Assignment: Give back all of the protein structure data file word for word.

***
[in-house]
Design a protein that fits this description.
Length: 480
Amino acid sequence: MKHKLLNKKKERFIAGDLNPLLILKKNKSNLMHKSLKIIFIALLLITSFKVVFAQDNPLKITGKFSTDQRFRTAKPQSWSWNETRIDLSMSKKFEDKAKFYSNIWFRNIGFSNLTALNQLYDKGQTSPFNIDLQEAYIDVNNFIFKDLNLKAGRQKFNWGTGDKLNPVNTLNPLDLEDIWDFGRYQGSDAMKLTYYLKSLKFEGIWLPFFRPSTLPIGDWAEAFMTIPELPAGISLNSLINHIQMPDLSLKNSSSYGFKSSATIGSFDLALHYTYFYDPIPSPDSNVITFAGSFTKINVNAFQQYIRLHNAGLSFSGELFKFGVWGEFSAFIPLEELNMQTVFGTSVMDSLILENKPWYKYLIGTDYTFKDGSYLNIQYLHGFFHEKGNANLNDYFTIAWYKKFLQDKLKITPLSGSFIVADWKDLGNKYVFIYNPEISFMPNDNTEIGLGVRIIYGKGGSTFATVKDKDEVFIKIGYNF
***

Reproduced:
[in-house]
Design a protein that fits this description.
Length: 480
Amino acid sequence: MKHKLLNKKKERFIAGDLNPLLILKKNKSNLMHKSLKIIFIALLLITSFKVVFAQDNPLKITGKFSTDQRFRTAKPQSWSWNETRIDLSMSKKFEDKAKFYSNIWFRNIGFSNLTALNQLYDKGQTSPFNIDLQEAYIDVNNFIFKDLNLKAGRQKFNWGTGDKLNPVNTLNPLDLEDIWDFGRYQGSDAMKLTYYLKSLKFEGIWLPFFRPSTLPIGDWAEAFMTIPELPAGISLNSLINHIQMPDLSLKNSSSYGFKSSATIGSFDLALHYTYFYDPIPSPDSNVITFAGSFTKINVNAFQQYIRLHNAGLSFSGELFKFGVWGEFSAFIPLEELNMQTVFGTSVMDSLILENKPWYKYLIGTDYTFKDGSYLNIQYLHGFFHEKGNANLNDYFTIAWYKKFLQDKLKITPLSGSFIVADWKDLGNKYVFIYNPEISFMPNDNTEIGLGVRIIYGKGGSTFATVKDKDEVFIKIGYNF